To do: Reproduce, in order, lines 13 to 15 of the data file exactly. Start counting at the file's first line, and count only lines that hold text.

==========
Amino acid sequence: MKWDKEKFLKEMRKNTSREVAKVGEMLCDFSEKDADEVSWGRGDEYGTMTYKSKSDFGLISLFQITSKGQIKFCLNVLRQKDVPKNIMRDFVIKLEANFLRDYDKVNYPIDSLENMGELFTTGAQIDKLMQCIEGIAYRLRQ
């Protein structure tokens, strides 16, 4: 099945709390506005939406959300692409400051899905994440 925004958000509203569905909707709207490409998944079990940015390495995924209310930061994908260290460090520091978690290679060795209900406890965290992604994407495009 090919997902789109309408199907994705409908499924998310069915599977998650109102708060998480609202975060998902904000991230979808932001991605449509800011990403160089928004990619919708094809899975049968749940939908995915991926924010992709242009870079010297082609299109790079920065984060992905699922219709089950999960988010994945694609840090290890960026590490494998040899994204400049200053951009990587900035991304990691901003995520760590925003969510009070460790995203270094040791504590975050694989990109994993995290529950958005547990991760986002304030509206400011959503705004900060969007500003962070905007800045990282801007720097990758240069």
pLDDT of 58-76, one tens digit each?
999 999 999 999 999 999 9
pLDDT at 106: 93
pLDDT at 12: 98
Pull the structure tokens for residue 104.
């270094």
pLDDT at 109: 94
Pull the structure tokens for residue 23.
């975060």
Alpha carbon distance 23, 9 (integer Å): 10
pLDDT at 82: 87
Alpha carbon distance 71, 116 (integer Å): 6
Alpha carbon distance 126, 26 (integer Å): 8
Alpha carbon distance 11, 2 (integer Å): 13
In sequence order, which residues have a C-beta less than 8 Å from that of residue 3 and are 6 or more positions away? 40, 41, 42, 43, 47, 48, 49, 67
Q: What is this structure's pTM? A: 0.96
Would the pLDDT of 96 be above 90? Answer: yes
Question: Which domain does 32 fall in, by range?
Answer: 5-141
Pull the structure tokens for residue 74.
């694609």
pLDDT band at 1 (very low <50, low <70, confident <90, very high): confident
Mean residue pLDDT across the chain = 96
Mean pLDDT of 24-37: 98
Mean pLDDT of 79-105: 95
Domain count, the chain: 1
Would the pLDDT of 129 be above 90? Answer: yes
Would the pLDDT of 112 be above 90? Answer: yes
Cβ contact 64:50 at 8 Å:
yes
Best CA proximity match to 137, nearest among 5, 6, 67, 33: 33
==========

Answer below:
pLDDT at 82: 87
Alpha carbon distance 71, 116 (integer Å): 6
Alpha carbon distance 126, 26 (integer Å): 8